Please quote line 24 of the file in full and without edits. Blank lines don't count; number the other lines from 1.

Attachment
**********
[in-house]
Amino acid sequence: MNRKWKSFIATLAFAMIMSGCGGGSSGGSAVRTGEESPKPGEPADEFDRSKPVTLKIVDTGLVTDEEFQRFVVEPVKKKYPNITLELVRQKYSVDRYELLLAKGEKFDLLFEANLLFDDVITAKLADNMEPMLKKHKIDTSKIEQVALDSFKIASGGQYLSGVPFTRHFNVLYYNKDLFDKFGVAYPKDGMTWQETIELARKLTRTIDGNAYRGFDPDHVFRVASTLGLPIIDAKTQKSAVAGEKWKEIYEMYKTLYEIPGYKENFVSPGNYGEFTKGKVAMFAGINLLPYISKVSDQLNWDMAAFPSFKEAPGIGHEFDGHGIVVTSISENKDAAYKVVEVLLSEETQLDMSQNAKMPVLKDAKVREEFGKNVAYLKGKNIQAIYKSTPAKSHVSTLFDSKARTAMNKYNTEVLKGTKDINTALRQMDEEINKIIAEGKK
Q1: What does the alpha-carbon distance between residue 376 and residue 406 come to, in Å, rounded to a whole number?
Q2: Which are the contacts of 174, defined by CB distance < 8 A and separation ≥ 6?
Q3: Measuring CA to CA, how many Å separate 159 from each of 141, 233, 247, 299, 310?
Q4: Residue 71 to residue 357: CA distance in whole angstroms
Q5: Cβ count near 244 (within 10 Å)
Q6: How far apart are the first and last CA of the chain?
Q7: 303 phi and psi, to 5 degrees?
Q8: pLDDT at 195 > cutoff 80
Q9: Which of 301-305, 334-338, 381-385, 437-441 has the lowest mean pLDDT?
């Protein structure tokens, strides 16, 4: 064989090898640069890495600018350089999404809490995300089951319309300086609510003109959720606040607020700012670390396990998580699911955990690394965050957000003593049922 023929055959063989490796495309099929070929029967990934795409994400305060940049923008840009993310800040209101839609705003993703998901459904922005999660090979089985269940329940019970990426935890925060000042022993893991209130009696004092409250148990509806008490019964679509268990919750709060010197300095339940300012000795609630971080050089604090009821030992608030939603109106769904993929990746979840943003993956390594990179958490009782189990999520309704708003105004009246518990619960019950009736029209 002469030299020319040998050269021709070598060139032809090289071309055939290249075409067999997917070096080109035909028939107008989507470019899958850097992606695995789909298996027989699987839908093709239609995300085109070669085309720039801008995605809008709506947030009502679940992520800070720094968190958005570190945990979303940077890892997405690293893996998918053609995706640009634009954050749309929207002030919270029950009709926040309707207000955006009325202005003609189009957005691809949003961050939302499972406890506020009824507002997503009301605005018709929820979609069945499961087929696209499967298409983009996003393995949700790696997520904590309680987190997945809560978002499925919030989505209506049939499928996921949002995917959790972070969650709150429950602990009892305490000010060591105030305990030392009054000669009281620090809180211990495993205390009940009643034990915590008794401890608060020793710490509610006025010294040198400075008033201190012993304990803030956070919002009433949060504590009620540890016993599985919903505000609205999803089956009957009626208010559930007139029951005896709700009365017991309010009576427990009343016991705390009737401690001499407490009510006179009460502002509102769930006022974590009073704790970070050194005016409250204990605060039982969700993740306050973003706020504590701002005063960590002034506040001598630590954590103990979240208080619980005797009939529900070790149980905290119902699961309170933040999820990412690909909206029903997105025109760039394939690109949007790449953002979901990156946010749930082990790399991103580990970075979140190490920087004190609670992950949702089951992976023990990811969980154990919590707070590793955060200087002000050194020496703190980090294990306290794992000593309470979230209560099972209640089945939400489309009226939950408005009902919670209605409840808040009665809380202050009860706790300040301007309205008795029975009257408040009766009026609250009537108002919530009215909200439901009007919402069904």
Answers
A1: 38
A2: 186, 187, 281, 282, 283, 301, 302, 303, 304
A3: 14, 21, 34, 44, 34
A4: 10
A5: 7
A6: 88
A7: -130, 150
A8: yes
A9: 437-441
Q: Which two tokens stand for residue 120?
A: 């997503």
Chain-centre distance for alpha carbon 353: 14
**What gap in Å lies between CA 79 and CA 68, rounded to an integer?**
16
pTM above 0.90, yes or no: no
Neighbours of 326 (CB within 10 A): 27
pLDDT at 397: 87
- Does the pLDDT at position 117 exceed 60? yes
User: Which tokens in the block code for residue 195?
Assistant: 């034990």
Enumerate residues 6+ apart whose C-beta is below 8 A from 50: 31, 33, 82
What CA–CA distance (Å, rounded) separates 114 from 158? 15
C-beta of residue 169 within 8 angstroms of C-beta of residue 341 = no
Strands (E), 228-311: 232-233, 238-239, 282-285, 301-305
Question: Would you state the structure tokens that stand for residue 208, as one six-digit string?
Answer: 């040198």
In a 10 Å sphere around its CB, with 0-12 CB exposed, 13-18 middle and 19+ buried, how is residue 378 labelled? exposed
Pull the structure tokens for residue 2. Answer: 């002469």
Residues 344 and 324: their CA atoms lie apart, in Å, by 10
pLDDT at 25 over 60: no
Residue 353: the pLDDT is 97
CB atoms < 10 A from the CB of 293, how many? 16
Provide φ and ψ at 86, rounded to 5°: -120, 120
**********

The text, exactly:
A: 């997503």